IN OTHER words, McCarthyism is about how people behave even when there is reason for concern or even alarm, as there was in McCarthy’s day. If there was reason to be concerned about Trump’s possible relationship with the Kremlin, that doesn’t excuse abuses of political discourse any more than Hiss and Fuchs served as excuses for McCarthy’s.
Further, in McCarthy’s day, the matter was complicated by the fact that the West’s greatest postwar threat, Bolshevik Russia, had been the West’s great ally during World War II. It was natural that there would be many Soviet sympathizers during that period of close collaboration between America and the Soviet Union. Afterward, of course, everything changed, and many of these sympathizers were caught in the crosswinds. The lingering question was whether some of these people still harbored sympathies toward the Soviets to an extent that constituted a danger to the republic.
No doubt some did, but it was important to draw a distinction between those who had engaged in innocent folly and those who still represented security and loyalty risks. Here we get to Clapper’s “witting or unwitting” caveat regarding Trump.
Clapper, it seems, was seeking to expand the definition of official wrongdoing to ensnare Trump even without any evidence of corrupt intent—in other words, unwitting wrongdoing, like, say, suggesting that it would be good if America and Russia could have cordial relations. We know, based on Clapper’s public pronouncements, what he thinks of that idea. He abhors it because he considers Russia to be a clear and present threat to America. Trump, by contrast, thinks whatever threat Russia poses could possibly be mitigated through efforts to assuage tensions between the two countries.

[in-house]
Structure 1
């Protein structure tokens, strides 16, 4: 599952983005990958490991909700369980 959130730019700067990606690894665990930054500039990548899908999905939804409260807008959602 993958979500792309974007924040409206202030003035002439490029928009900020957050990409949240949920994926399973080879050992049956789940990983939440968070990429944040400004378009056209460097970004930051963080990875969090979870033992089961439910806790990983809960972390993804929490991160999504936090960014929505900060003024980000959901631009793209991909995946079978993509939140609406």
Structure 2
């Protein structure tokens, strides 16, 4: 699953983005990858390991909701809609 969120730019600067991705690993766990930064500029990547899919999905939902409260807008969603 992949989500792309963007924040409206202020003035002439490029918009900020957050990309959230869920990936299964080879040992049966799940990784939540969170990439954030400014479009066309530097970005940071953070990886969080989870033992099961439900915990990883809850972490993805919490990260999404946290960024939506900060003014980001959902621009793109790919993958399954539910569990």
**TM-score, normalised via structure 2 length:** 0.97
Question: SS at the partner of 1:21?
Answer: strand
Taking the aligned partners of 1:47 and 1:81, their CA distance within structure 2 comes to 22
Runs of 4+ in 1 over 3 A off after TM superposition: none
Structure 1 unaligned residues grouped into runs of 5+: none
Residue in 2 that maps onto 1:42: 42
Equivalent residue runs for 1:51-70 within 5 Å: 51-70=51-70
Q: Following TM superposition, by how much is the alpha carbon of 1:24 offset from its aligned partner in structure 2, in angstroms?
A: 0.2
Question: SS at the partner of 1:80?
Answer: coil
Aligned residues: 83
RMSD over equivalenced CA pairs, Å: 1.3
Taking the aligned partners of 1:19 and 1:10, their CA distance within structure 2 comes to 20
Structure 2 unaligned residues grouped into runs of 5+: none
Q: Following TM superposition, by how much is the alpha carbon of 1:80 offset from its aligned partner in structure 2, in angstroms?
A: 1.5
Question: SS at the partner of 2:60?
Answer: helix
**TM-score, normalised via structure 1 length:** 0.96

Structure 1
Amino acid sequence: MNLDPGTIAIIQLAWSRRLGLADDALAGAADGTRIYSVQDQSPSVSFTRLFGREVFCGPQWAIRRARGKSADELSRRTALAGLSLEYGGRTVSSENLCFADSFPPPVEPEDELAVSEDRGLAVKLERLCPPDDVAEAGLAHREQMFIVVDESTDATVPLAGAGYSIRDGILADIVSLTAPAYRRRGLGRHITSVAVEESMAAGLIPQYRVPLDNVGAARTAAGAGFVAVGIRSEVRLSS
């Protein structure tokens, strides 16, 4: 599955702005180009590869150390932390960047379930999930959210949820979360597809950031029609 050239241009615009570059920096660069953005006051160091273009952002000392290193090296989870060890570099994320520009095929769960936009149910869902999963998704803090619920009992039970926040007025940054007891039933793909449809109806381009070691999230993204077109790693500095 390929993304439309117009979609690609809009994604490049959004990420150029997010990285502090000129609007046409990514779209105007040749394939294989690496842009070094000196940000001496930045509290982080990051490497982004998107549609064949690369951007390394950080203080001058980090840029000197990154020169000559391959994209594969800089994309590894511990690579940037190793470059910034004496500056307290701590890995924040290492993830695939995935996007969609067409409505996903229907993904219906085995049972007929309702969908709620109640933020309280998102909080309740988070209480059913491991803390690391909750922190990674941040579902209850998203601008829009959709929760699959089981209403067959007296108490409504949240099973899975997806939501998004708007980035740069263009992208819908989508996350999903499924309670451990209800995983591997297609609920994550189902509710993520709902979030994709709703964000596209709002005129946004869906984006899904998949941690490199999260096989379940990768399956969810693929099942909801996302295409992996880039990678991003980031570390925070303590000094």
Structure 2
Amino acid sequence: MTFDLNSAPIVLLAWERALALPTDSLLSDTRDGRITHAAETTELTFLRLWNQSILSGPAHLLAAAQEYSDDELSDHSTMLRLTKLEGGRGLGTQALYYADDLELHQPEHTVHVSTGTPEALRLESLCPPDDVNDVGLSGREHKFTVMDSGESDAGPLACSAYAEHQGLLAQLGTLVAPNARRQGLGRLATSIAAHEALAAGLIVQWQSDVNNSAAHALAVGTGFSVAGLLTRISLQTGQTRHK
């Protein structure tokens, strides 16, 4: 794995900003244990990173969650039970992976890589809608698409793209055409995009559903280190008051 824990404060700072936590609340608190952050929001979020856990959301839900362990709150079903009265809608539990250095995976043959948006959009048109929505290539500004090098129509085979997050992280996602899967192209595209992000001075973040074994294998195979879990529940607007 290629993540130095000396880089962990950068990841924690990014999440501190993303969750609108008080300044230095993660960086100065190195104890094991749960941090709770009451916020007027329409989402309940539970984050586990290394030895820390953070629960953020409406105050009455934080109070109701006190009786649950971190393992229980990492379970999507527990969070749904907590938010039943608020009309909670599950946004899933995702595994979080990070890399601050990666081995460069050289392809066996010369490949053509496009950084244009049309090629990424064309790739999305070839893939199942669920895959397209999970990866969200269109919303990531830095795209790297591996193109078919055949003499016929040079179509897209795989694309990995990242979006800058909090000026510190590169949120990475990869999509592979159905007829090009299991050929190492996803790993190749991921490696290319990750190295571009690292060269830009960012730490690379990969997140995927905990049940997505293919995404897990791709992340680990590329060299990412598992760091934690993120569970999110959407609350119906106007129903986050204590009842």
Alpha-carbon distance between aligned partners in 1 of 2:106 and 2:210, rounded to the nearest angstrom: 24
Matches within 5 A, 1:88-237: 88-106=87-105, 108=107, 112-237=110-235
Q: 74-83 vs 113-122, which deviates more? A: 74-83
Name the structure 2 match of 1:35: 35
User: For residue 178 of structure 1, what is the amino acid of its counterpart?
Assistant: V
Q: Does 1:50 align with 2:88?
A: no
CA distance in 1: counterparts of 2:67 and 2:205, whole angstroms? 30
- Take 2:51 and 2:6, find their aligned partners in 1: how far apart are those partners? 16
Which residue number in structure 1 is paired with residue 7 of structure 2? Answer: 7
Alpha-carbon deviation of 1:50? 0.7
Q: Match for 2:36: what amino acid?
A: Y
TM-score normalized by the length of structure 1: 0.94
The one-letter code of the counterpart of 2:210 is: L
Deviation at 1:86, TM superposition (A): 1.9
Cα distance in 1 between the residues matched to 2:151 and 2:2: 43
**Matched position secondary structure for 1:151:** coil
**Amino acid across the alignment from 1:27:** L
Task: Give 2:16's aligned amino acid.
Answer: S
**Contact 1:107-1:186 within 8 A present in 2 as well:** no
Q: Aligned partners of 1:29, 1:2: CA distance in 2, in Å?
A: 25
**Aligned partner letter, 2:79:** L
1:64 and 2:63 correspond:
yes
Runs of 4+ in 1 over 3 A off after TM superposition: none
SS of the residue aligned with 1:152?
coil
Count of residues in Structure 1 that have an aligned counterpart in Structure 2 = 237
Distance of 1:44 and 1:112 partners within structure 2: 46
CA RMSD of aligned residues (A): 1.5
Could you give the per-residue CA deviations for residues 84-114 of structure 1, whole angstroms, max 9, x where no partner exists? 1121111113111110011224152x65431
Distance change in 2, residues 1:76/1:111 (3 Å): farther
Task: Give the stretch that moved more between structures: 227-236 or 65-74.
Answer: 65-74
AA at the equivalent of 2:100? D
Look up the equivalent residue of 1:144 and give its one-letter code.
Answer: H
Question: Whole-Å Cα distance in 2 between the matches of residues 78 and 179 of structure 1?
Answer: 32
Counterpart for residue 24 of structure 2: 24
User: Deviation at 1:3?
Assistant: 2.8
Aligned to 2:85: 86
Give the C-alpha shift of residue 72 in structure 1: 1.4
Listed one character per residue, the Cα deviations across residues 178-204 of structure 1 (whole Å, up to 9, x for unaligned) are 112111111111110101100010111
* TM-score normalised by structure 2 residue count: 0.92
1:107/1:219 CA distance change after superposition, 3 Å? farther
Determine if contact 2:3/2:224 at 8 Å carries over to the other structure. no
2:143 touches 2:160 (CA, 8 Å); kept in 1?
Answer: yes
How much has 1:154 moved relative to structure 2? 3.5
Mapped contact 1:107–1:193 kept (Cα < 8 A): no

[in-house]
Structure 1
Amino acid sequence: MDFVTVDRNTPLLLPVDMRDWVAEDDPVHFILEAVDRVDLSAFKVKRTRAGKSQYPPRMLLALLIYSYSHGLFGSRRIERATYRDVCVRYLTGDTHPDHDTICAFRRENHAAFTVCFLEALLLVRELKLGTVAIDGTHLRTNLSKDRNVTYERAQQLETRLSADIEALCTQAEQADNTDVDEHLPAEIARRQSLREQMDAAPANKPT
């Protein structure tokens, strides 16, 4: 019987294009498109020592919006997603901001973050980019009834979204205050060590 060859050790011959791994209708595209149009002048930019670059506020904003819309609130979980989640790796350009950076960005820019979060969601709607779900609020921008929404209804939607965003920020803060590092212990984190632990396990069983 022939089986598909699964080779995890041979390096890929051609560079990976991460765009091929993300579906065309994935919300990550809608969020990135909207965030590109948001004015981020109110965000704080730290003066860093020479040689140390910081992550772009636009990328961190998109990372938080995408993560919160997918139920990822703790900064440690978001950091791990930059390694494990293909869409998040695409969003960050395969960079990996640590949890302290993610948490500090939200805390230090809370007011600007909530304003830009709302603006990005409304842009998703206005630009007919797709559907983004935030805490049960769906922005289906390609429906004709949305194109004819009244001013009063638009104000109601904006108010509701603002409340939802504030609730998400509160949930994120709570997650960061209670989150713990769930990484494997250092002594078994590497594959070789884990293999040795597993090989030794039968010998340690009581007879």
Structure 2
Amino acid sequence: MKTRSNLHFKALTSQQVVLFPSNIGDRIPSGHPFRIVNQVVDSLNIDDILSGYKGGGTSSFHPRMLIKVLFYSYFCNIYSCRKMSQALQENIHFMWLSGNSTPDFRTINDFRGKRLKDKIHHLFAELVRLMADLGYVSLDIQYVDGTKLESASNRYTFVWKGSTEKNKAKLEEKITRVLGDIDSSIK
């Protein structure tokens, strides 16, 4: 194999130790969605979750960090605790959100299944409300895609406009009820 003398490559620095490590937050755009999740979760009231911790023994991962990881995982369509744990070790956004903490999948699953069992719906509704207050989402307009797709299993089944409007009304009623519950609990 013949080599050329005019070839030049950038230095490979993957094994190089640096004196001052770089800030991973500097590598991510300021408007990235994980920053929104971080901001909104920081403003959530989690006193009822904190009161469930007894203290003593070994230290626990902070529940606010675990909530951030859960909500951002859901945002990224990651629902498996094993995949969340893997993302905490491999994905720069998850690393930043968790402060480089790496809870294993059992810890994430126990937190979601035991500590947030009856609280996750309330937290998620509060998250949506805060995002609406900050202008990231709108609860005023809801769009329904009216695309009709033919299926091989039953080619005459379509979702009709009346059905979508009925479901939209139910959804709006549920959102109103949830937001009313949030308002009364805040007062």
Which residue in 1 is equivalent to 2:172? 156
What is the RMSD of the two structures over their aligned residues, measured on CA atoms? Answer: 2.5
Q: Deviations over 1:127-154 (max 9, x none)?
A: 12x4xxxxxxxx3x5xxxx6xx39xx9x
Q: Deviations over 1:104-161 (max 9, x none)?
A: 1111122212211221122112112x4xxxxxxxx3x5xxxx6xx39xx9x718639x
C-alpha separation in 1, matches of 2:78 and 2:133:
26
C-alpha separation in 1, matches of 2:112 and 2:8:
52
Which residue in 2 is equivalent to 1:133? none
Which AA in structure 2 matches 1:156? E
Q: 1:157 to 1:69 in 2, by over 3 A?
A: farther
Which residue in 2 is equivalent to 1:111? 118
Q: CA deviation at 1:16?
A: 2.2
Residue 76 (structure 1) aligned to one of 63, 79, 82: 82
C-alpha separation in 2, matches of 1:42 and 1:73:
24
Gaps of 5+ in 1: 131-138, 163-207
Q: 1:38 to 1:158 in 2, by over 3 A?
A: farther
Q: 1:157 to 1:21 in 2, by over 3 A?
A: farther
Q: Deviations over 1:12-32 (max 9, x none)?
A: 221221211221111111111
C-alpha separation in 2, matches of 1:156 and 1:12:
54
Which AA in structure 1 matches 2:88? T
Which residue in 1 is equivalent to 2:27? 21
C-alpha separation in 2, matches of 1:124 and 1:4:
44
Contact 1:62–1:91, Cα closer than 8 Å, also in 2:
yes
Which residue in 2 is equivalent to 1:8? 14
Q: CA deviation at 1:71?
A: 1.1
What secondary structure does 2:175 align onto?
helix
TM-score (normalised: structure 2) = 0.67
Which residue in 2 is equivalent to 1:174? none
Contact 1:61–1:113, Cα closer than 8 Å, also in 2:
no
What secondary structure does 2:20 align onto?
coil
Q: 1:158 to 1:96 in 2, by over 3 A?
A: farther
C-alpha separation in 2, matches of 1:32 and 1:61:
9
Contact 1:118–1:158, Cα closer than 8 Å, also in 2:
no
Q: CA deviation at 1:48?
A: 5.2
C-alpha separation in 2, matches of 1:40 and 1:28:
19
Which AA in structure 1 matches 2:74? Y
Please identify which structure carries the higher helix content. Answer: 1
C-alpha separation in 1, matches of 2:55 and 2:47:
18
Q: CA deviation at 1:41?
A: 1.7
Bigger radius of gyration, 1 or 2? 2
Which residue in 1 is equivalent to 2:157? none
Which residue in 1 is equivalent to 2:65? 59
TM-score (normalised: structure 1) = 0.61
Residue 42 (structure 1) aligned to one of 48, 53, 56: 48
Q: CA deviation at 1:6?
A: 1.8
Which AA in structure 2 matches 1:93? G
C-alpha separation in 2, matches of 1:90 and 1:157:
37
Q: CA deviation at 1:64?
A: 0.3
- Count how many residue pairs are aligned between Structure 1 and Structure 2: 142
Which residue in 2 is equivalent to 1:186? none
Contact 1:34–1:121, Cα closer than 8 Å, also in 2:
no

Here we have a difference of outlook on a fundamental foreign policy issue. But Clapper’s construction of unwitting treachery allows him to leverage that difference of outlook into a brutal allegation of treason even absent any proof of intent. The outlook in itself constitutes prima facie evidence of nefarious behavior—or, as Swalwell and others put it, acting on Russia’s behalf.
HERE WE come to an essential element of McCarthyism, illustrated crisply by one of the first great political conflicts unleashed by the Wisconsin senator and his followers. It concerned the so-called China hands who influenced State Department thinking about Chinese Communism during World War II. The China hands derided the Middle Kingdom’s Nationalist leader Chiang Kai-shek as a hapless and corrupt figure stuck in China’s unsavory past. They glorified Mao Zedong’s communist cadres as disciplined and unsullied “agrarian reformers” who could lead China into the future.
With the advent of the Cold War, however, and with China falling to Mao’s Communist Party in 1949 and aligning itself with Moscow, a rancorous debate ignited over who had allegedly “lost” China.
One of the first to weigh in was the columnist Joseph Alsop, who produced a widely read three-part series on the subject for the Saturday Evening Post, one of the country’s most influential magazines of the day. Alsop had spent most of the war years in China, working for General Claire Chennault, and he had played a major role in the bureaucratic drama centered on U.S. policy toward China amidst war, intrigue, inscrutable motives, mendacity and civic hatreds. He knew what he was talking about, and he faulted the China hands for supreme wrongheadedness. As he summed up his thesis:
Throughout the fateful years in China, the American representatives there actively favored the Chinese communists. They also contributed to the weakness, both political and military, of the Nationalist Government. And in the end, they came close to offering China up to the communists, like a trussed bird on a platter, over four years before the eventual communist triumph.
It’s noteworthy, though, that Alsop took pains to maintain a certain fair-mindedness on the issue. These China hands, he wrote, may have been “injudicious,” but their advocacy was at least “logical, defensible and not indicative of disloyalty” [italics mine]. He singled out particularly John Paton Davies as wanting to wean the Chinese communists away from Kremlin influence, thus conceiving a kind of Titoism in China even before the concept had taken form in Yugoslavia. But ultimately, wrote Alsop, these men undermined the Nationalist regime so thoroughly that any kind of workable, noncommunist government became impossible.